Ethan Hawke—yes, the scruffy, slightly bohemian actor from films such as Training Day and Reality Bites—isn't content to act, direct and enjoy married life with the lovely Uma Thurman. He's back with a second novel, Ash Wednesday, six years after delivering The Hottest State, a fiction debut that fans loved and reviewers loved to hate. Critics are no doubt sharpening the knives again, ready to take the Hollywood hottie down a peg or two.

Although he feels less like a novelty act the second time around, Hawke admitted in a recent phone interview from L.A. that some of the abuse is justified. "Part of it comes from the fact that they feel like it is so much easier for you to get published and you need to take a beating for that. And in a certain way of thinking, that's fair." Hawke didn't want to feel rushed with his second effort, so he spent five years carving out blocks of time to write between acting jobs and playing with the kids. The 31-year-old father of two estimates he tried 80 million different techniques to create discipline in himself, but eventually settled into a routine of getting out of the house before the babies got up, writing from 6-10 a.m. and then spending the rest of the day with daughter Maya Ray, 4, and son Roan, now six months.

"The first time you write something, you're so excited to have written anything at all. You're like, I wrote something that's 200 pages long! Everybody should read it!' The second time you hold yourself up to a higher bar."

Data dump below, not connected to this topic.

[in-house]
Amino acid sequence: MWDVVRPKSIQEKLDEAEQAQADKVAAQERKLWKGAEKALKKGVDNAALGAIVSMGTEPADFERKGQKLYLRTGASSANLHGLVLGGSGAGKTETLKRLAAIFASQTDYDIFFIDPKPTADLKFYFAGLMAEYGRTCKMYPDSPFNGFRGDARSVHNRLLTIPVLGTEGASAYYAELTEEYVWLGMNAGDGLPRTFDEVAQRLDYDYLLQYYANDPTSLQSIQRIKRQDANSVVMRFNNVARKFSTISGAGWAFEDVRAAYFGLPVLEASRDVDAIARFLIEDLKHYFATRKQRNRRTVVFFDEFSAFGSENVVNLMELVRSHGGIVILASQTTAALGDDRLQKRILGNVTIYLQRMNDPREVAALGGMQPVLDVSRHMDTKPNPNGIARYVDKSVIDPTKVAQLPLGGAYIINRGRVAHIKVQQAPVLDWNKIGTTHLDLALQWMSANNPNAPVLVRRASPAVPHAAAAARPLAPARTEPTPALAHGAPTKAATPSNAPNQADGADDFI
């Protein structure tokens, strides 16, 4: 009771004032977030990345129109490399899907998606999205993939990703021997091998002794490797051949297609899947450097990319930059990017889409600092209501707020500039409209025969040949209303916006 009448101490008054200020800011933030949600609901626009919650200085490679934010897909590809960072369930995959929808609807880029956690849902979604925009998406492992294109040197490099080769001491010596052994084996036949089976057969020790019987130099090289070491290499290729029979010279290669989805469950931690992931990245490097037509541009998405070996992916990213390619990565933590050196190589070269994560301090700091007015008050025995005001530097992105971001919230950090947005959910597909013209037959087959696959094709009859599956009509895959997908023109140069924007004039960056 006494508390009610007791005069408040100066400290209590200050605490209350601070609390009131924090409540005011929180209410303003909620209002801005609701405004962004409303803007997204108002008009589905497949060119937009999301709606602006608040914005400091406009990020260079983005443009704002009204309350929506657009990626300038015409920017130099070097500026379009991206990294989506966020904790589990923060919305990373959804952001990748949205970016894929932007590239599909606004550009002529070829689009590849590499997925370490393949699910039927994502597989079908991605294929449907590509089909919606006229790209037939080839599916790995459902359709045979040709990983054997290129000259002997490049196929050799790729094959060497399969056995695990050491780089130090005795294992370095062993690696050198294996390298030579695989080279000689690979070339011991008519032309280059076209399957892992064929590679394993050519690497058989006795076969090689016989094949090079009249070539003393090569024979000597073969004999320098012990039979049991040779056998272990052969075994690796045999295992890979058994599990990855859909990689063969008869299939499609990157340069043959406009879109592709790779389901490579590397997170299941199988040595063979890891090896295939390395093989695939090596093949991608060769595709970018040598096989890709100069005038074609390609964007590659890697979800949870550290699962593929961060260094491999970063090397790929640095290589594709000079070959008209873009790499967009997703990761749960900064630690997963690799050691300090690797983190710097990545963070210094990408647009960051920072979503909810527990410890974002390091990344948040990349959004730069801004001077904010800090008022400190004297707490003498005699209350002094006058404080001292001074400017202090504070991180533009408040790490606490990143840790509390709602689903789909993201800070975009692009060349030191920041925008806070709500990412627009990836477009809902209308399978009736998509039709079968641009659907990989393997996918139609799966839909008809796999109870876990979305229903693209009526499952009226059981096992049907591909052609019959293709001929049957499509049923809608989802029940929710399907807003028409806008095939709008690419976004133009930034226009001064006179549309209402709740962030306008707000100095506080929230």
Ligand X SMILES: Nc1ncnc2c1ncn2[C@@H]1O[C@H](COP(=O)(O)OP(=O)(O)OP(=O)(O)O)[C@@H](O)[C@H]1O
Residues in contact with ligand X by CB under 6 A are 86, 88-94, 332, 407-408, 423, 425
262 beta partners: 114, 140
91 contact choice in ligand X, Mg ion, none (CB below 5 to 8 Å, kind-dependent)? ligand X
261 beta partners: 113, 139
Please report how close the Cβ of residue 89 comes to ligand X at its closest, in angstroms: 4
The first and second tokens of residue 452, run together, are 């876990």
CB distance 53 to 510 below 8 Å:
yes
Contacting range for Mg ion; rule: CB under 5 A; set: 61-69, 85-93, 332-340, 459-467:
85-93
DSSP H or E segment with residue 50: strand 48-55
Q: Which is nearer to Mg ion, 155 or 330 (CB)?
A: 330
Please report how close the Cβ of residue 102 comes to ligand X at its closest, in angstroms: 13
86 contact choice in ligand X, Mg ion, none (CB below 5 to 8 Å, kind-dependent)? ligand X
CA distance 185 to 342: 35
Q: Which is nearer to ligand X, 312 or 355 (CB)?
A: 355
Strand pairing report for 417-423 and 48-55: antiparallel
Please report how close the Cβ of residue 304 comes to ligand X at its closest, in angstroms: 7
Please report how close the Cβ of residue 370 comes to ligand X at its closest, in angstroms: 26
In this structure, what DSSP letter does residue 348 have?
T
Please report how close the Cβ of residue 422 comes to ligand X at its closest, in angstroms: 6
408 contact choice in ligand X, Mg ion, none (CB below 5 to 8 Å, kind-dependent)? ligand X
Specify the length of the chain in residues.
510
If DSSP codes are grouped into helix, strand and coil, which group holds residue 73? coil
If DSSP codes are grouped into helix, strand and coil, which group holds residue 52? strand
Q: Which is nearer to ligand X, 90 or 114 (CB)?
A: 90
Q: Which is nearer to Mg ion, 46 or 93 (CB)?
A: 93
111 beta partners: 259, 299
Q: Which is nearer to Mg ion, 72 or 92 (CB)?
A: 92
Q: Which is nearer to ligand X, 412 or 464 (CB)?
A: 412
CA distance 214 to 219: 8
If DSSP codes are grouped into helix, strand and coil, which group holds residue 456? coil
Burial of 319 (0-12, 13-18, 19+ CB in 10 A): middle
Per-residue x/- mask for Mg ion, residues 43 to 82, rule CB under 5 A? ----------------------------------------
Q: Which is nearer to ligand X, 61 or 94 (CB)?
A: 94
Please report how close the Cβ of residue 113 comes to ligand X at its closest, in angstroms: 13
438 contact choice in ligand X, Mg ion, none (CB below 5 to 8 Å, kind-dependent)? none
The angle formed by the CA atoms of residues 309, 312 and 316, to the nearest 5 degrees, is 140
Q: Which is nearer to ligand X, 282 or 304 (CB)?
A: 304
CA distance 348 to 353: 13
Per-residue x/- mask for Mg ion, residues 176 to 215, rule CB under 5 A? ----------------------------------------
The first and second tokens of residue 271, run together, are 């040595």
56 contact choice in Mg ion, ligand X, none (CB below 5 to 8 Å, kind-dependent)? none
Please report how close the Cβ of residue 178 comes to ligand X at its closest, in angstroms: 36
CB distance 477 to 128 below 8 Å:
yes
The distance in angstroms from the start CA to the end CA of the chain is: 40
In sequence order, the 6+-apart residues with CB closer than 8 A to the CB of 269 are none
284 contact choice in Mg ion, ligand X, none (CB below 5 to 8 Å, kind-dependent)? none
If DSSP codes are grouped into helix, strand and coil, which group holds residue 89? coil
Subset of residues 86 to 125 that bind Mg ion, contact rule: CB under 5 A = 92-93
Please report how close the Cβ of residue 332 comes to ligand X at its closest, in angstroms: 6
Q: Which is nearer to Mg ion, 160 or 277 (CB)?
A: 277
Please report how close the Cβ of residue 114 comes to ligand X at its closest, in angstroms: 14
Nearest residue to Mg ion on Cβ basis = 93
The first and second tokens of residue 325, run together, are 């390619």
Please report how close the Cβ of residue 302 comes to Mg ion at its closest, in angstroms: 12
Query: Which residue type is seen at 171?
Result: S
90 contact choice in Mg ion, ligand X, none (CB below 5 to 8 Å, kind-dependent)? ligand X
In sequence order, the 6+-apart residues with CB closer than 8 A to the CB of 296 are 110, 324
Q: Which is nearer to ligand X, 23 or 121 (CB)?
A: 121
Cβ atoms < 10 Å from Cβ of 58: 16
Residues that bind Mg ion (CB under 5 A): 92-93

The story of a hapless couple (she's pregnant, he's AWOL from the Army) on a road trip to Texas sounds intriguing, but even this reader picked up the book ready to take aim. Really, what could Big Mr. Movie Star have to say about the lives of normal folks? "Wait, where does it say I wasn't allowed to do this?" Hawke wants to know. "Doctors and teachers and lawyers and people who work in jails [write] . . . everybody who writes also has another profession. I didn't know why it was supposed to be so taboo. Actors write screenplays; there's no problem with that. I also think it has to do with people thinking you have it too easy, and they gotta make you pay." He has a point, and Knopf certainly liked the book enough to offer close to half a million for it last December. Ash Wednesday is told in the alternating first-person voices of Jimmy and Christy, a young couple struggling with the harsh realities of marriage and impending parenthood. Both perspectives feel refreshingly honest, and it's clear these characters are traveling a road the author has been down before. ["The book] deals with things that were very relevant in my own life," says Hawke, whose wife Uma Thurman was pregnant with Roan during the writing process. "There's a certain time in your life you have to figure out what you're living for and what the aim of your life is, and starting a family can really raise those questions." It sounds like a no-brainer to want to settle down with Uma, but Hawke has been candid about the real-life ups-and-downs of marriage." We all have this fantasy of finding our one true love who's going to be the perfect fit and make our whole life move effortlessly. It's just not a reality," he says. In the book, Jimmy and Christy are at a similar crossroads. Their relationship has gone sour when Christy discovers she's pregnant and hops on a bus headed for home. Finally overcoming his fear of commitment, Jimmy races after her in his souped-up Chevy Nova and convinces her to marry him. Jimmy isn't the sharpest tool in the shed, but he relays his cliched bits of wisdom with all the fervor of a Sunday preacher. His simplistic belief that without you, I just see, like, gray, like shit, you know? wins over Christy, despite her well-reasoned arguments that their love is doomed.